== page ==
Depression is a recognizable ailment. It includes symptoms such as sadness, lethargy, lack of motivation, forgetfulness, sleep issues, and isolation. It can be treated. More and more resources are becoming available to help Christian leaders deal with emotional and challenging situations. Reaching out for help becomes the first step in the healing process. In many cases professional Christian counseling is available. When it is unavailable, a caring confidant or mentor can be an invaluable resource.
In the middle of prolonged pain, people desire relief. Withdrawal becomes a survival tactic, or so it seems. This is, however, the exact opposite of what people need. Healing takes place in the context of relationships. Even though there may be no desire to communicate with others, communication is as important as insulin is to a person with diabetes. Ask others to reach out to you. Being the one in need of ministry can be humbling, but it can also be a growing experience in our own journey.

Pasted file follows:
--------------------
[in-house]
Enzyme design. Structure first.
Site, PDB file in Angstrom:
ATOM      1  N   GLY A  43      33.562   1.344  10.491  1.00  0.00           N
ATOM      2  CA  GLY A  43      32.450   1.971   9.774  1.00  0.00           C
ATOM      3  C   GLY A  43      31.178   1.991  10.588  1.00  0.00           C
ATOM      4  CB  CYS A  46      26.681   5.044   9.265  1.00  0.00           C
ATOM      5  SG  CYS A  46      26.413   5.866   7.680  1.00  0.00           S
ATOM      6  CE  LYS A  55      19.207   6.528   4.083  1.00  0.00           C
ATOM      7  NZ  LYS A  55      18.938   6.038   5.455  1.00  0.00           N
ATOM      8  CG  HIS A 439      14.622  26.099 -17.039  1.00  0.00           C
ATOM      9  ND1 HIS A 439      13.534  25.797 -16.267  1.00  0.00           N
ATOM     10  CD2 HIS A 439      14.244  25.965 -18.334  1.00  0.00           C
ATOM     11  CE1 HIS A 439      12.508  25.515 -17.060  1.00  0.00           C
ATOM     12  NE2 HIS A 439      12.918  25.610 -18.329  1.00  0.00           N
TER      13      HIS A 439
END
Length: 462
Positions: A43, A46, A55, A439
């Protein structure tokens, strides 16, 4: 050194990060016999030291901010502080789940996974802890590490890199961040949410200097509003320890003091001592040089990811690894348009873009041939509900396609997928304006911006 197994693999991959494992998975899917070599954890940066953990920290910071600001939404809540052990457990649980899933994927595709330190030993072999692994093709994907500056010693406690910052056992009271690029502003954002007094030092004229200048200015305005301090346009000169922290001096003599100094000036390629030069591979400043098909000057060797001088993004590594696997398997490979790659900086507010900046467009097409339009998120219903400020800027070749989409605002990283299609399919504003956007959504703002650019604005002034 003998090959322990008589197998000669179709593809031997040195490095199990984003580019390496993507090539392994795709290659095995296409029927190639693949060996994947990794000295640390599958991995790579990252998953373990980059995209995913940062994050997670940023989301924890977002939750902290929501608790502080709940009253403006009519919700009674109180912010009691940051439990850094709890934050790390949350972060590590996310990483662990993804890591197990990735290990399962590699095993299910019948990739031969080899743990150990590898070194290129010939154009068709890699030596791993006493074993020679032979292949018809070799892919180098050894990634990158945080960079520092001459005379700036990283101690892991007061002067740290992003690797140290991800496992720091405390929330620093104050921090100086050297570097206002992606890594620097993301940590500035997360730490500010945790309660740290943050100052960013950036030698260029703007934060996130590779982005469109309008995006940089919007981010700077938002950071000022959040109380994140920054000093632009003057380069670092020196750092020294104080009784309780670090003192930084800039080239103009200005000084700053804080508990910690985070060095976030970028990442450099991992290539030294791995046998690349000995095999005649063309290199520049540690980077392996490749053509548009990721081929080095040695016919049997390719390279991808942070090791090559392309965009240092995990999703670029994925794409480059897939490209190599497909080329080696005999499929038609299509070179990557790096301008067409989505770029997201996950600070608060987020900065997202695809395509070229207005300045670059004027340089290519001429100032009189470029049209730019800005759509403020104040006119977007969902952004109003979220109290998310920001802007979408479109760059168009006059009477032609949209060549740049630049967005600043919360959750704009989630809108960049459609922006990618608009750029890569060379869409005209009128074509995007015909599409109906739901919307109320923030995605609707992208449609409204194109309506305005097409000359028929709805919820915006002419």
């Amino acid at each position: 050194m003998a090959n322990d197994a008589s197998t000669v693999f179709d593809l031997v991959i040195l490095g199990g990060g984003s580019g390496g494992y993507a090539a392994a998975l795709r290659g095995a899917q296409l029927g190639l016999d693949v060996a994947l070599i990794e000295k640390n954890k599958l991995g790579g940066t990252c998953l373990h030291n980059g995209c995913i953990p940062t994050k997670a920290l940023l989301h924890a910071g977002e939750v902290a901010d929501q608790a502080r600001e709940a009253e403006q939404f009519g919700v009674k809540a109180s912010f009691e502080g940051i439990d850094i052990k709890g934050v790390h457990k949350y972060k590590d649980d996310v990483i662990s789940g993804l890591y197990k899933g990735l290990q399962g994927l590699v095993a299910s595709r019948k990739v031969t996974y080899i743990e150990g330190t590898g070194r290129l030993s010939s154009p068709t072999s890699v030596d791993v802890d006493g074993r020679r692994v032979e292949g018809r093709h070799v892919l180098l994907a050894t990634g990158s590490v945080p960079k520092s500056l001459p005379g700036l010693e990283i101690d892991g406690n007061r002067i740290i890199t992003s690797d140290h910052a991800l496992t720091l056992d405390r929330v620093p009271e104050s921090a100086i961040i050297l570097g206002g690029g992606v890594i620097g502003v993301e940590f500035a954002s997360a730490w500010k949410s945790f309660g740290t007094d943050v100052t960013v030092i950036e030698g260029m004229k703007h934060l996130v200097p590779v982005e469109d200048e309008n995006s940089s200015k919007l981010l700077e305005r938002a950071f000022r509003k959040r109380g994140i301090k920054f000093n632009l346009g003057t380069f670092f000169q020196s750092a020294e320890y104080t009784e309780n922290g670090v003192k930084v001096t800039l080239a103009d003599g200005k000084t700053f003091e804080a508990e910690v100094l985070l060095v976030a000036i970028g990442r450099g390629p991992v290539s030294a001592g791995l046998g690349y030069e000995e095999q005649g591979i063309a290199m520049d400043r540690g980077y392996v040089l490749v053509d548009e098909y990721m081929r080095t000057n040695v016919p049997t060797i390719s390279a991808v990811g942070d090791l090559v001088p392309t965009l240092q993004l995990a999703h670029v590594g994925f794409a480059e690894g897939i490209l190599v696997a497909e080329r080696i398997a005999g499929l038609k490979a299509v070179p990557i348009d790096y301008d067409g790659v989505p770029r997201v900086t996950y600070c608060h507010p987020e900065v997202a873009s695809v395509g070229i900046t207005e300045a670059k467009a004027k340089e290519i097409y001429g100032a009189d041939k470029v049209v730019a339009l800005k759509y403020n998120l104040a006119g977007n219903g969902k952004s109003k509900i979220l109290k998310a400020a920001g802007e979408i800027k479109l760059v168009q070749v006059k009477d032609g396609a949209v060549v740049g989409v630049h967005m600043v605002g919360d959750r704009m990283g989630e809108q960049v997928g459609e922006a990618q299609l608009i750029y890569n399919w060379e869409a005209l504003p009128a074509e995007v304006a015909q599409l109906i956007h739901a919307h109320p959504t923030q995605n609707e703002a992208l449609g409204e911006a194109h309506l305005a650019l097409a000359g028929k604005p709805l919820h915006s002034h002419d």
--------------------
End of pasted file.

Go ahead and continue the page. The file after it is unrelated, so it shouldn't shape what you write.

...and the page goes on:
One frequently neglected area in a busy woman’s life is self-care. I often ask leadership wives, “What activity do you regularly engage in and look forward to?” Too often the response is a blank stare or an uncomfortable laugh. There is even the unspoken idea the concept of self-care might be unspiritual or selfish. Most people agree God cares a great deal about physical health and financial health, even good time management. So, why would pastors’ wives rule out taking care of themselves emotionally?